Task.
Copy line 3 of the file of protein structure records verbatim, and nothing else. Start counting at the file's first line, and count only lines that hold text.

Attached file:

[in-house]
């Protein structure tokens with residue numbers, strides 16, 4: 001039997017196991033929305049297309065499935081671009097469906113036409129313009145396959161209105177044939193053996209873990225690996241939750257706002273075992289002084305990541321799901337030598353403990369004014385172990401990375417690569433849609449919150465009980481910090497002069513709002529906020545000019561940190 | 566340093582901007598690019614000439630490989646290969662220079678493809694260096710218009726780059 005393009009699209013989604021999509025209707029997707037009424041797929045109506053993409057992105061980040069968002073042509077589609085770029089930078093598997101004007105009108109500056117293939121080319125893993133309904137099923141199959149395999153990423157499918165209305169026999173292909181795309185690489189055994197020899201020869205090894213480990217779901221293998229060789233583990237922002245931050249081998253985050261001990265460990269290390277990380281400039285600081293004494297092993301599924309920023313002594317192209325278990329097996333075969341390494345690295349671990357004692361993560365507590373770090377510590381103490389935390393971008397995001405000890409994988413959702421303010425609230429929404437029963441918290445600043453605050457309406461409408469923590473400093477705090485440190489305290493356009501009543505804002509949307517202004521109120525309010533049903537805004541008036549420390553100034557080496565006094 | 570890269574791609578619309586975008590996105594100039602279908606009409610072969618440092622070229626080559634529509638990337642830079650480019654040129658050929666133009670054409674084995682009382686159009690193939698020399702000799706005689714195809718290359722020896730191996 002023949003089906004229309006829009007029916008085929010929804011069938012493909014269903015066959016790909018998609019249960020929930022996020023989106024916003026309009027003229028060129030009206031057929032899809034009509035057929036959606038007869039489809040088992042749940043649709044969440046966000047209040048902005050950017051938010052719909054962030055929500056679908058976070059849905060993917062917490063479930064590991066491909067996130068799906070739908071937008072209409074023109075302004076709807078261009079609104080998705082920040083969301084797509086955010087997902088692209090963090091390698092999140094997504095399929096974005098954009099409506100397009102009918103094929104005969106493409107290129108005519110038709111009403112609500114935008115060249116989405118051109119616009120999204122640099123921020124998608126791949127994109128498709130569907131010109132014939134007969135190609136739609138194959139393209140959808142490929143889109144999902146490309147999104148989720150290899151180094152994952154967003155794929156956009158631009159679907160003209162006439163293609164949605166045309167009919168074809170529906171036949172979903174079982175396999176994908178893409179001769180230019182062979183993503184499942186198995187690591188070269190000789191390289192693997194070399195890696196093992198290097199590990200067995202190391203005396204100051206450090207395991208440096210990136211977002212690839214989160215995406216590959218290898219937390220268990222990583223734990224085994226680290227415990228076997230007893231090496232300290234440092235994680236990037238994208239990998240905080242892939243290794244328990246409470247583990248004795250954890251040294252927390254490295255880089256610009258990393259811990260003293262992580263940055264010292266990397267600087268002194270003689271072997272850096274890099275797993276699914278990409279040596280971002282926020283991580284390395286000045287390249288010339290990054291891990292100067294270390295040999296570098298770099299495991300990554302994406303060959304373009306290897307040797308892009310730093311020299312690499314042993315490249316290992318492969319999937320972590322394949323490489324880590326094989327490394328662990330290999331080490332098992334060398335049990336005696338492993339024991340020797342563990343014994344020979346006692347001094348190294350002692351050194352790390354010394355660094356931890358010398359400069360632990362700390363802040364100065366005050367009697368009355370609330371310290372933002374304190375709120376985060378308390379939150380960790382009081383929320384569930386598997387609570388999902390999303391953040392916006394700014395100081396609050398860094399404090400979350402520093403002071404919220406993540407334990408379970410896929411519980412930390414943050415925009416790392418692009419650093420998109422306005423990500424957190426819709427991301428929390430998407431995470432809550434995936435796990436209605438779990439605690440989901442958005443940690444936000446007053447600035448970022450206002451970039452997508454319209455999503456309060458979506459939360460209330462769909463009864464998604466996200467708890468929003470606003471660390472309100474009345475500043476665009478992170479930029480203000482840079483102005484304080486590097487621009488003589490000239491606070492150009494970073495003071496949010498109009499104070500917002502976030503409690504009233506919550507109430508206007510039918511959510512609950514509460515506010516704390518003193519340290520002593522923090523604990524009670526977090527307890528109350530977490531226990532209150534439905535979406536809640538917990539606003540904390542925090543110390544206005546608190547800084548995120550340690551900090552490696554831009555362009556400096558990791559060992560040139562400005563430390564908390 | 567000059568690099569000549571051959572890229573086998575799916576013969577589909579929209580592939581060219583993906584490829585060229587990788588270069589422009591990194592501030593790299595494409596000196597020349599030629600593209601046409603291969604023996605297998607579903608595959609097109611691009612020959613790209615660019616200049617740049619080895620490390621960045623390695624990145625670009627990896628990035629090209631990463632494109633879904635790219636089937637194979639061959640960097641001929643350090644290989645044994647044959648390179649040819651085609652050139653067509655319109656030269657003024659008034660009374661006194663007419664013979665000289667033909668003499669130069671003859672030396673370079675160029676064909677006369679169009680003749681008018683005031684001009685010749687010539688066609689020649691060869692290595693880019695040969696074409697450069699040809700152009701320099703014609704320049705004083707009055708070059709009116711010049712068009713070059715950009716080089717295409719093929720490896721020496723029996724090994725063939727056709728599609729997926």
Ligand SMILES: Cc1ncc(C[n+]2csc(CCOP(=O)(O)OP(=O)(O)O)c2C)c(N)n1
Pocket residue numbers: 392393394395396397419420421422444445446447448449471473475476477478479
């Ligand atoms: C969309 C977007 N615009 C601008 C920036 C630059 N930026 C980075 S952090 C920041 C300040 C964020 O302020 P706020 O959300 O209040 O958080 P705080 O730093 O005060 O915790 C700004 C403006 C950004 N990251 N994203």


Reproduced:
Ligand SMILES: Cc1ncc(C[n+]2csc(CCOP(=O)(O)OP(=O)(O)O)c2C)c(N)n1